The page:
Metals and Non-Metals

– Ionization energy of an atom is the amount of energy needed to remove an electron from itself.

– Electronegativity of an atom refers to its tendency to attract electrons.

– Electron affinity of an atom refers to the amount of energy given out when an electron is added to a neutral atom to form a anion.

– All three ionization energy, electronegativity and electron affinity of an atom decrease down a group but increase across a period. The higher the ionization energy, electronegativity and electron affinity, the more non-metallic characteristics an atom has. The opposite also holds true that with lower ionization energy, electronegativity and electron affinity, the more metallic characteristics an atom would have.

– Some differences between metals and non-metals are shown in the table below:

Metals Non-metals
Usually strong and hard,ductile and malleable Usually weak and soft and cannot be bent,
stretched or drawn into wires
Generally have high melting and boiling points
(with the exception of Group I metals)
Generally have low melting and boiling points
(with the exception of boron, carbon and silicon)
 Usually solids at room temperature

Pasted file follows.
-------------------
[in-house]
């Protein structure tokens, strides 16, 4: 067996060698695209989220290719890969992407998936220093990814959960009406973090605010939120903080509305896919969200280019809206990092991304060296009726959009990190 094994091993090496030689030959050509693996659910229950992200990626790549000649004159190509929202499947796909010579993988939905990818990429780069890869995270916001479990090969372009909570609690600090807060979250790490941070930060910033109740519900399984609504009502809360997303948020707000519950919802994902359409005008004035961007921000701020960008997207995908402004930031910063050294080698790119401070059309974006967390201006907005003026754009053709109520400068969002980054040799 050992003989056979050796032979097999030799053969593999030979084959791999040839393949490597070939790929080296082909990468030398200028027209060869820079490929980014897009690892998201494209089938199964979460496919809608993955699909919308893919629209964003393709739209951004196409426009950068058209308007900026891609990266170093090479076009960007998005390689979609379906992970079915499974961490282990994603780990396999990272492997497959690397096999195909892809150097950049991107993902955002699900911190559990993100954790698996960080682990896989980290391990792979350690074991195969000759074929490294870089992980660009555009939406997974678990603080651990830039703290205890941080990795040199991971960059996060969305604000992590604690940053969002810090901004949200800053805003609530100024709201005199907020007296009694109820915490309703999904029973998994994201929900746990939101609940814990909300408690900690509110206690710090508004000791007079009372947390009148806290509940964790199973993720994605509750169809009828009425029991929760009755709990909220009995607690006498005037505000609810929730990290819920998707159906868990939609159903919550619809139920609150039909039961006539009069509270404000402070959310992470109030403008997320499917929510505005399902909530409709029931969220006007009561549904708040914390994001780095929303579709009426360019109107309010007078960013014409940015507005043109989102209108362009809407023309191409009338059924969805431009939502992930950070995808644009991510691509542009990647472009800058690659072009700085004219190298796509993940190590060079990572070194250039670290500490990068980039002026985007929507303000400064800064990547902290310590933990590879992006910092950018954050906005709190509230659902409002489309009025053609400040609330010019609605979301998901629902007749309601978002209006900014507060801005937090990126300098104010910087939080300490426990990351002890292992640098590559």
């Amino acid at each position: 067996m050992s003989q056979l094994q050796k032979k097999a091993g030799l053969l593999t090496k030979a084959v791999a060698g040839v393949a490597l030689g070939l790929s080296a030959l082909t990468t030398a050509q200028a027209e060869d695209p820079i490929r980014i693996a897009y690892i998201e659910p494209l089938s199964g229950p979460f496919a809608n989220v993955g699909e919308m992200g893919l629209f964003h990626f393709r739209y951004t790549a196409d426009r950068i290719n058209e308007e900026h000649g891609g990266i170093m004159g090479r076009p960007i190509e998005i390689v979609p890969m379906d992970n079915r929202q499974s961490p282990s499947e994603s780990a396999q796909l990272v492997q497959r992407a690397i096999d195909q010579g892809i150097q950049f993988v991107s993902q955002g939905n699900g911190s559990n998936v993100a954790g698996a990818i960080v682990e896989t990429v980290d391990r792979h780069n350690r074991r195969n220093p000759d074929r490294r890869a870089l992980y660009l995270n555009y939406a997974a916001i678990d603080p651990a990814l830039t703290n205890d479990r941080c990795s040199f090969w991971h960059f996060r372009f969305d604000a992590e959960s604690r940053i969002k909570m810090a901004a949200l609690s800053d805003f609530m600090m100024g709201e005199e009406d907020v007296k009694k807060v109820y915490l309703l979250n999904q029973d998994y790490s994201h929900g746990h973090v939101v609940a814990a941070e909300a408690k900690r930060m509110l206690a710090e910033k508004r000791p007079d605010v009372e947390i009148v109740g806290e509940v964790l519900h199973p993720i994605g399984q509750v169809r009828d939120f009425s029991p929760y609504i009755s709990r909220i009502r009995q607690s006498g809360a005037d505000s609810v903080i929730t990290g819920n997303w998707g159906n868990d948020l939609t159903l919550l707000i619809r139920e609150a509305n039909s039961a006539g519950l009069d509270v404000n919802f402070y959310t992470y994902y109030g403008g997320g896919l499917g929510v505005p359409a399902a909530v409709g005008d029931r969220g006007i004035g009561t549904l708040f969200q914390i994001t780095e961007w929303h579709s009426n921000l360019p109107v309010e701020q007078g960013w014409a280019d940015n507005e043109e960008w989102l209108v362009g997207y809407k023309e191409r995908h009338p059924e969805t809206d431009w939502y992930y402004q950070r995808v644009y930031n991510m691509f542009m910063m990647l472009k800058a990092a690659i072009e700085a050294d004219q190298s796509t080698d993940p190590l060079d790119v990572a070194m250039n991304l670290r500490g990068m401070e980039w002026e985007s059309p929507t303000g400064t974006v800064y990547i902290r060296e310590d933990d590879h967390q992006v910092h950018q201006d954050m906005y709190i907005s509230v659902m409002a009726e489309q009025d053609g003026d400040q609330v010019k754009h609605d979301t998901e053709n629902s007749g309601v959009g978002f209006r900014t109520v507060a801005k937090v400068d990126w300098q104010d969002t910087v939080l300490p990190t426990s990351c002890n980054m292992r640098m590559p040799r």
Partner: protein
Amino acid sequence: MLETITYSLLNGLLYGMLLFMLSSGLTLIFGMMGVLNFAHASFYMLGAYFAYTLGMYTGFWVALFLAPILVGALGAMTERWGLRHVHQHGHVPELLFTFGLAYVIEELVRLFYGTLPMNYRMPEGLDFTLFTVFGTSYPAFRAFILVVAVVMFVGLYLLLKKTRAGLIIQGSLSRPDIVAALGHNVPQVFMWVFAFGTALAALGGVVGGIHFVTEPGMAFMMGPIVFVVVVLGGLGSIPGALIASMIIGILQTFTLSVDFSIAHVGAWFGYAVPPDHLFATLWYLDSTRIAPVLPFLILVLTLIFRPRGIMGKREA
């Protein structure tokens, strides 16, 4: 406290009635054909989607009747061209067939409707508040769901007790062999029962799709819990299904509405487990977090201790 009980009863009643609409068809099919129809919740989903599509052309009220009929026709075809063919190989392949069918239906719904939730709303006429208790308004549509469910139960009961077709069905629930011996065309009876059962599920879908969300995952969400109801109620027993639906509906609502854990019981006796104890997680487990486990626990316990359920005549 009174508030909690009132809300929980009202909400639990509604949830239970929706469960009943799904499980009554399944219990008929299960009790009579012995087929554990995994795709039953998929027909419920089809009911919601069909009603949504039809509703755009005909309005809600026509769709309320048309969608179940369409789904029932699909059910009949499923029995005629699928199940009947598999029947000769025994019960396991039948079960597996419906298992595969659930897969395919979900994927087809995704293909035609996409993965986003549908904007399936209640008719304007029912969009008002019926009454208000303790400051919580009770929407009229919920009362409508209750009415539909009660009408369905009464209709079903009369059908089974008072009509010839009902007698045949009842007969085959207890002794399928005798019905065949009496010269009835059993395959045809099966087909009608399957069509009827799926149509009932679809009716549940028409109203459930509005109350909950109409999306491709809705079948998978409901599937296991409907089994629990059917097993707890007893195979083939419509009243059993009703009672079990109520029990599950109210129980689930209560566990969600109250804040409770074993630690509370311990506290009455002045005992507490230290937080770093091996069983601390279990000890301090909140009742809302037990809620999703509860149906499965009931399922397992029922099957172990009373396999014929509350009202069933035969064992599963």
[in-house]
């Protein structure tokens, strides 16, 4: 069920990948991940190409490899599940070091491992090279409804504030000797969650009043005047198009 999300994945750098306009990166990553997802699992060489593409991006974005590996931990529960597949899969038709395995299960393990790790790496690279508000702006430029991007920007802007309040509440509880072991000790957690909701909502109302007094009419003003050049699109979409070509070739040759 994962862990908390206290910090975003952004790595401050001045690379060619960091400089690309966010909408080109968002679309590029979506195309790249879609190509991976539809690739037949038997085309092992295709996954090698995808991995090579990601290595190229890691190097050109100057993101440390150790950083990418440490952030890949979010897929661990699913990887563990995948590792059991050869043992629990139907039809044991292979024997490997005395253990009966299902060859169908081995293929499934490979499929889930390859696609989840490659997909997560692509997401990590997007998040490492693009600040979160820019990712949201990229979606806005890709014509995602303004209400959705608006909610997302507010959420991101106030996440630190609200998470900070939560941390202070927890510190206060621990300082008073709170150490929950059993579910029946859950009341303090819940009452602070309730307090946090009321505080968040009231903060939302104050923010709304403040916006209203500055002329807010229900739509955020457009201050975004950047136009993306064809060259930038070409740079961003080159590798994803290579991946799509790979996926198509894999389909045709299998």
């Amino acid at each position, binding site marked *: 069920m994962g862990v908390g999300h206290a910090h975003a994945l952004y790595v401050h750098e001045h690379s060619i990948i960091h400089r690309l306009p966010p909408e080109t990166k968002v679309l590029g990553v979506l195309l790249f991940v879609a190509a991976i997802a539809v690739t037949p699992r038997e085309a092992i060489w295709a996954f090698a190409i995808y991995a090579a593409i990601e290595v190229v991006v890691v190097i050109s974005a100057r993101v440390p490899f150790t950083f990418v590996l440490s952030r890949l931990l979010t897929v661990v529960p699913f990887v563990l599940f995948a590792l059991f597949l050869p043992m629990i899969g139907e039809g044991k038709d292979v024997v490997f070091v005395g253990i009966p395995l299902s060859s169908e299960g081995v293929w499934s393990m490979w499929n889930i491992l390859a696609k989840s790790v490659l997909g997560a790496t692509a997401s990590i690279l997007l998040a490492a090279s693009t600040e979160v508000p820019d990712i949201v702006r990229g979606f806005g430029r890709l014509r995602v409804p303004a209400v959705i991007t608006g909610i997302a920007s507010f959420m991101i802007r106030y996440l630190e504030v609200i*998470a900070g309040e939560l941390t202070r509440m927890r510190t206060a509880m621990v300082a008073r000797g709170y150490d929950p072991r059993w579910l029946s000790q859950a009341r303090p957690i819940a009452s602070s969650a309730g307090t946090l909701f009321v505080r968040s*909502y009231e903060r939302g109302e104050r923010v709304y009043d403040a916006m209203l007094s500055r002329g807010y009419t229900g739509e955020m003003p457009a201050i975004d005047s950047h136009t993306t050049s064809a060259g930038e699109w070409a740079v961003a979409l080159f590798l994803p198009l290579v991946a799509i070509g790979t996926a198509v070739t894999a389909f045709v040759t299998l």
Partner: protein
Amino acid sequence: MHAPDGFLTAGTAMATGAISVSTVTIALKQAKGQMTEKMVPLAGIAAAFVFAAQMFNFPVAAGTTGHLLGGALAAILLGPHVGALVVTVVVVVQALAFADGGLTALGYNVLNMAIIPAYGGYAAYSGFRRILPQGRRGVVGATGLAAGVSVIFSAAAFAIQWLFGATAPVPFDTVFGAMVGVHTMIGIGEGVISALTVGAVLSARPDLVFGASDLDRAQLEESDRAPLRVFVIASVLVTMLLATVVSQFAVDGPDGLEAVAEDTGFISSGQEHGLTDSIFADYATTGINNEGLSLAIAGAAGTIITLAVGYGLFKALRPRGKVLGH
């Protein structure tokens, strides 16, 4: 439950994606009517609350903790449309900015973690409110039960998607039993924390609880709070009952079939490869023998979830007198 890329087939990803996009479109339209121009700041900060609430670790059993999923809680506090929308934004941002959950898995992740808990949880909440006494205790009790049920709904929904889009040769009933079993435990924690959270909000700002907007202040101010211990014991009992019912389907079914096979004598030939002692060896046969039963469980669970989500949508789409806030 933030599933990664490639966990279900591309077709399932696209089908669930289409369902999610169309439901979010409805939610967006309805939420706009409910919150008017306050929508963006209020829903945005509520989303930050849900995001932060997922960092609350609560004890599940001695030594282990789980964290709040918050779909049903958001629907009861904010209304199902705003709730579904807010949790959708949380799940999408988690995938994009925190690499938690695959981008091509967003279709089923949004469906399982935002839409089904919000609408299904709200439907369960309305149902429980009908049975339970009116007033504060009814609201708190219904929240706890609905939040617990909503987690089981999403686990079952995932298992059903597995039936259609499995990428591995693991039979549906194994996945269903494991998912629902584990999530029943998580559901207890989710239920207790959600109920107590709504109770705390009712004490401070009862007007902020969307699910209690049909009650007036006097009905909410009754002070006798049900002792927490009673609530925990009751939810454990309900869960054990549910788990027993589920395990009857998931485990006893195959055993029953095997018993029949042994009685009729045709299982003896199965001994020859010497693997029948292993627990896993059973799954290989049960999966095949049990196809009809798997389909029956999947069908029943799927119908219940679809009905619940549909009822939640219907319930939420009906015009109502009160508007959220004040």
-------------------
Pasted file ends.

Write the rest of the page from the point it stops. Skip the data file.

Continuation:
(with the exception of mercury)
 Usually gases at room temperature
(with the exception of boron, carbon,
silicon, phosphorus, sulphur, bromine and iodine)
 Good conductors of heat  Poor conductors of heat
 Good conductors of electricity  Poor conductors of electricity
(with the exception of carbon or graphite)
 Always form cations  Usually form anions
 Usually forms ionic bonds  Usually forms covalent bonds
 Forms basic or amphoteric oxides  Forms neutral or acidic oxides

– Amphoteric oxides of metals have some of both acidic and basic properties. (See: Acids, Bases and Salts)


Transition Metals 

– Are a group of metals in the middle of the Periodic Table

– Have the following physical and chemical properties:

  • Very high melting and boiling points
  • Very high densities
  • Variable number of valence electrons –> can have different oxidation states eg. $Cu^{+}$, $Cu^{2+}$, $Fe^{2+}$, $Fe^{3+}$
  • Form coloured compounds
    eg. $Cr^{2+}$, $Cu^{2+}$ and $V^{4+}$ form blue compounds,
    $Cr^{3+}$, $Fe^{2+}$, $Mn^{6+}$, $Ni^{2+}$ and $V{3+}$ form green compounds,
    $Co^{2+}$ and $Mn^{2+}$ form pink compounds,
    $Co^{3+}$, $CrO_{4}^{2-}$ and $Fe^{3+}$ form yellow compounds
    $Cr_{2}O_{7}^{2-}$ forms orange compounds and
    $Mn^{7+}$ forms violet compounds
  • Not as reactive as metals in Group I and Group II
  • Are good catalysts

– Uses of transition metals:

Transition Metals Uses
Iron As a catalyst in the Haber Process to
manufacture ammonia gas
Nickel As a catalyst in the manufacturing of magarine
Vanadium As a catalyst in the Contact Process to
manufacture sulphuric acid
Titanium In aircraft construction, making spectacle frames
and watches due to its non-corrosive and
strong yet light properties
Tungsten Filament for light bulbs because it is
ductile and has high melting points


Next: Group I, Group VII and Group O Elements

Previous: The Periodic Law

Back to The Periodic Table

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